BLACKBURN, England, March 31 -- Greeted by antiwar protesters at almost every stop in a tour of a working-class region of England, Secretary of State Condoleezza Rice said Friday that the Bush administration has probably made thousands of "tactical errors" in its handling of the Iraq war. But she defended the invasion as the right strategic decision.
Iraqi President Saddam Hussein "wasn't going anywhere without military intervention," Rice told a crowd of British foreign policy experts in the clubhouse of the local soccer stadium here. And, she said, "you were not going to have a different Middle East with Saddam Hussein at the center of it."
"I know we've made tactical errors, thousands of them I'm sure," Rice said. "But when you look back in history, what will be judged is did you make the right strategic decisions."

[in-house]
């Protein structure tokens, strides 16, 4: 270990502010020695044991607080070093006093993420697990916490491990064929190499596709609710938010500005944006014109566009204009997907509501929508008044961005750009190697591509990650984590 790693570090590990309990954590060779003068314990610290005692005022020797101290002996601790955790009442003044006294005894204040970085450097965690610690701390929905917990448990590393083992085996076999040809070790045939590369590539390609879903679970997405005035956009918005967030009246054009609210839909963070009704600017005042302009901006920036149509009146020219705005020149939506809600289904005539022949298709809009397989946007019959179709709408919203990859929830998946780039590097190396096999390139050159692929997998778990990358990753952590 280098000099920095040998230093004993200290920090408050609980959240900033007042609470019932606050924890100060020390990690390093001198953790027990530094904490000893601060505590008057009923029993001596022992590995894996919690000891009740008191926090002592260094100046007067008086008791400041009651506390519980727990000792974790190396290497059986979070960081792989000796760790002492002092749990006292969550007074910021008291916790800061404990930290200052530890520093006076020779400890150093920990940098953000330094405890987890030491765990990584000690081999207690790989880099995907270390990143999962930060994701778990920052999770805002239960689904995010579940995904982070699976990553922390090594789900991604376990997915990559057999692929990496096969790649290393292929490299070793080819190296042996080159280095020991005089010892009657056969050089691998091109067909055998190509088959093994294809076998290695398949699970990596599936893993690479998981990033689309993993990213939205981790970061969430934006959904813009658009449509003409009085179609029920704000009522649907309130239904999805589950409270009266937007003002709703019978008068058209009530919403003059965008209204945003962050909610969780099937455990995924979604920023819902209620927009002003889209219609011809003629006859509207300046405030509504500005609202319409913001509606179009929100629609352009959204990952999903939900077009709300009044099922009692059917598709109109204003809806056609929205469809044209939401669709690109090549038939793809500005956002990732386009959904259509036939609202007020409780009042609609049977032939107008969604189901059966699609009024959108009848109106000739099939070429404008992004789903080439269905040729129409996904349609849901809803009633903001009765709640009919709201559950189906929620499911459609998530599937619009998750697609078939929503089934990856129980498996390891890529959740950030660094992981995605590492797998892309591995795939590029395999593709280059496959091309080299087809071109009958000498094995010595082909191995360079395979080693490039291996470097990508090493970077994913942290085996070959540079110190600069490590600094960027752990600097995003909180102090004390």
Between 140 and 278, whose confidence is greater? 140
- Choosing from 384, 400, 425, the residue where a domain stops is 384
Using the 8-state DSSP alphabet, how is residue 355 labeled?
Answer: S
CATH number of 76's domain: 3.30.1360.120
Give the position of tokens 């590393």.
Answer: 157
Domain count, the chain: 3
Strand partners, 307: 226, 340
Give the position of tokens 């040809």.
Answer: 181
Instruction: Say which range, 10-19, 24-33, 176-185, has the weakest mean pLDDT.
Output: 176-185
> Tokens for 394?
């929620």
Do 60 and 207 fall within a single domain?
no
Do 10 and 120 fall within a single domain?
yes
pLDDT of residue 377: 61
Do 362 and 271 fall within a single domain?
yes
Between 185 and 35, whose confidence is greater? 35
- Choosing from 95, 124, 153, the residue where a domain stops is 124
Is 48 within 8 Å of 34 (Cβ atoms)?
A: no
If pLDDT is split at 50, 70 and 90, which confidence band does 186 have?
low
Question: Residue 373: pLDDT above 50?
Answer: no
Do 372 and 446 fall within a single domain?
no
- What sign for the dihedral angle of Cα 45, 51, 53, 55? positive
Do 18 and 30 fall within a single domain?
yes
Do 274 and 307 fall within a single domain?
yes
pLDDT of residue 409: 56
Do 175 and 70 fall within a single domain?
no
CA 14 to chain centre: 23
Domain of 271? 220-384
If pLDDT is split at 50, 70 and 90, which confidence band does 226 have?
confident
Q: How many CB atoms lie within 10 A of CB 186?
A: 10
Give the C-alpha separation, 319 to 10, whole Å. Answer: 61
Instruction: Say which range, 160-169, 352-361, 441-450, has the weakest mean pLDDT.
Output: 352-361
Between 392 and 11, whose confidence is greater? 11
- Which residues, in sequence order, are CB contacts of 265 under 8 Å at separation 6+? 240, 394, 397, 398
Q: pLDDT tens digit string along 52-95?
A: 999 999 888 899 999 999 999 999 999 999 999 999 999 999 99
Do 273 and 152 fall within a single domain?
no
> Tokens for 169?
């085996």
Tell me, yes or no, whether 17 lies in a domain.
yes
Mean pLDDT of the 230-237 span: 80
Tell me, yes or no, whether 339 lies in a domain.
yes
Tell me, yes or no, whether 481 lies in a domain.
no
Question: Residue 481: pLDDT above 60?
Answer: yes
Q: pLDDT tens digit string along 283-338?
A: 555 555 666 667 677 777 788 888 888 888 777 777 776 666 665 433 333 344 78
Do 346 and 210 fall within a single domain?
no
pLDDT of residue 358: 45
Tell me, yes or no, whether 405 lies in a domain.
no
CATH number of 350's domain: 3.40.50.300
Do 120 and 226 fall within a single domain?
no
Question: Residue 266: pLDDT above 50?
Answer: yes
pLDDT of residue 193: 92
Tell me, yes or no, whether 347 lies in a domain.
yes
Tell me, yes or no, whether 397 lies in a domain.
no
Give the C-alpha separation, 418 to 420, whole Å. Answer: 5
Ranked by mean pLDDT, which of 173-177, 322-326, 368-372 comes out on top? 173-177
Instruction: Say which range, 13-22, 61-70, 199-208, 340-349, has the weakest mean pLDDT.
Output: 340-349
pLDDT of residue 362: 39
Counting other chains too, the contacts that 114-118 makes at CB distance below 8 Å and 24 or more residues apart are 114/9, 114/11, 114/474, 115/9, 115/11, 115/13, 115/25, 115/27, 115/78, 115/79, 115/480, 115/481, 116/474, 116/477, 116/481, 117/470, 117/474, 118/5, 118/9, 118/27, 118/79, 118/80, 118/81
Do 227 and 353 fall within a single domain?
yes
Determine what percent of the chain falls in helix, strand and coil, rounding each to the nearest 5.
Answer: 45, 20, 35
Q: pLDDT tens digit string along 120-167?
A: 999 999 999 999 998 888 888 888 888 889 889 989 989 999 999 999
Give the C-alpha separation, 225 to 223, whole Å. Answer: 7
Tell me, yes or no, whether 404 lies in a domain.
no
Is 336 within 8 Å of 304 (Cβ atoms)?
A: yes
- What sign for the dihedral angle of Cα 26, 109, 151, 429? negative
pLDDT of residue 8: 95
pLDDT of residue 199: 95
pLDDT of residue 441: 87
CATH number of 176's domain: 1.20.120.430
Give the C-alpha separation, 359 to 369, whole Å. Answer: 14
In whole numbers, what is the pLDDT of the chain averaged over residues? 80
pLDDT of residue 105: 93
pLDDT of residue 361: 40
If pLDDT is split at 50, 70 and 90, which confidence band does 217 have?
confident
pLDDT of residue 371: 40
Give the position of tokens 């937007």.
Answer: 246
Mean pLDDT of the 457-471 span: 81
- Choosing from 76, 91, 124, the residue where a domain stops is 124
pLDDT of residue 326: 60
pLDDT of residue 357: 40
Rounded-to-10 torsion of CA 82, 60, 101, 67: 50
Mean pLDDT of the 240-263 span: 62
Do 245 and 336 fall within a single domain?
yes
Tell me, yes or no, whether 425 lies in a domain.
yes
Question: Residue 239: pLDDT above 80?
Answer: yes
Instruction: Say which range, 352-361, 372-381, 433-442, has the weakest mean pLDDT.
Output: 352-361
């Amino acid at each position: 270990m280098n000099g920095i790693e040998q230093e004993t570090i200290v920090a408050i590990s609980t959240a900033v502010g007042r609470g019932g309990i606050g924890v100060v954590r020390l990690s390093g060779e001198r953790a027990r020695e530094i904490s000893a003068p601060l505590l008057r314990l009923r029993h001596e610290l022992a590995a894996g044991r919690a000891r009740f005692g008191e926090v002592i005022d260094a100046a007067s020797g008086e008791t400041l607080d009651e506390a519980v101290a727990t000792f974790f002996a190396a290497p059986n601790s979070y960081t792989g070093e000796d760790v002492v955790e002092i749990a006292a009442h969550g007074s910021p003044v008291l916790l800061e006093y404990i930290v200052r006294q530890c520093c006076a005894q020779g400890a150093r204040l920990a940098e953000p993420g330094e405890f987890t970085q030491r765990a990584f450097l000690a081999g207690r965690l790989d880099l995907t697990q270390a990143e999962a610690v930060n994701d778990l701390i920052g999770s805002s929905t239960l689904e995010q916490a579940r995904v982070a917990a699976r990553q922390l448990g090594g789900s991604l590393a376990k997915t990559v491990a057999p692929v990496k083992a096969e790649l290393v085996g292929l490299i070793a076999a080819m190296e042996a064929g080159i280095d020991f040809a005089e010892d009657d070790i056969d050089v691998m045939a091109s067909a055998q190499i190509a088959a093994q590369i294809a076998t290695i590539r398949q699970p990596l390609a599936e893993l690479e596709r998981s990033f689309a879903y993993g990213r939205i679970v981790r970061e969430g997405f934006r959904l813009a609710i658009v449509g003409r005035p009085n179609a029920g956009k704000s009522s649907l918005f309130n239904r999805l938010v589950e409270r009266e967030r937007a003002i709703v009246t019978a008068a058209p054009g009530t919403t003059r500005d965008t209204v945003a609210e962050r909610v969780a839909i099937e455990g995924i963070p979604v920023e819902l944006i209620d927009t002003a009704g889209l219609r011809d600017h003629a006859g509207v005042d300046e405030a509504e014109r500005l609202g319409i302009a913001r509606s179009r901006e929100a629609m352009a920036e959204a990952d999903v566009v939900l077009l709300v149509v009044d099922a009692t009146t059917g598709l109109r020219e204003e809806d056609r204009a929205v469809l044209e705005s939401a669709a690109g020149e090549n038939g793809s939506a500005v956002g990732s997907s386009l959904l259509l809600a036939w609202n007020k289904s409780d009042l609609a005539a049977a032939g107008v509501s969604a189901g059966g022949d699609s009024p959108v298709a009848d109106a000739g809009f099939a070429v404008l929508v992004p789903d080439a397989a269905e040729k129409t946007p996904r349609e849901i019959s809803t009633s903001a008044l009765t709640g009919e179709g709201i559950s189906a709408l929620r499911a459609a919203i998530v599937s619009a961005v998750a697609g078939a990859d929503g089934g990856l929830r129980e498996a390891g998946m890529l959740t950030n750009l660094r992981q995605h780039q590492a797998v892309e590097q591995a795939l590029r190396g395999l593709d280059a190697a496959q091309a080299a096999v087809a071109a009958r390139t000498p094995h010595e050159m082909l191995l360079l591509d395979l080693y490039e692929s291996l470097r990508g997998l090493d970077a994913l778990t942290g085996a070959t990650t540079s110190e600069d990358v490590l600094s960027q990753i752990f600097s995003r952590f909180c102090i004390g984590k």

I wonder what Rummy and his commanders will have to say about that comment since they're responsible for those thousands of errors.
What is more interesting though is the fact that Rice admits that the illegal invasion of Iraq was definitely about regime change. It was never about WMDs or spreading democracy. It was always about turfing Hussein. That's why they didn't have a sufficient follow up plan and thought they'd simply be greeted with flowers and candy during their cakewalk. And that, Ms Rice, was the wrong strategic decision that set off those thousands of tactical errors.
PM Margaret Thatcher's former Foreign Secretary Douglas Hurd had this reaction to her speech:
"It is quite possible to believe that" democracy is essential, Hurd said to the crowd after she spoke, but also to "believe that essentially the path must grow from the roots of its own society and that the killing of thousands of people, many of them innocent, is unacceptable whether committed by a domestic tyrant or for a good cause upon being invaded."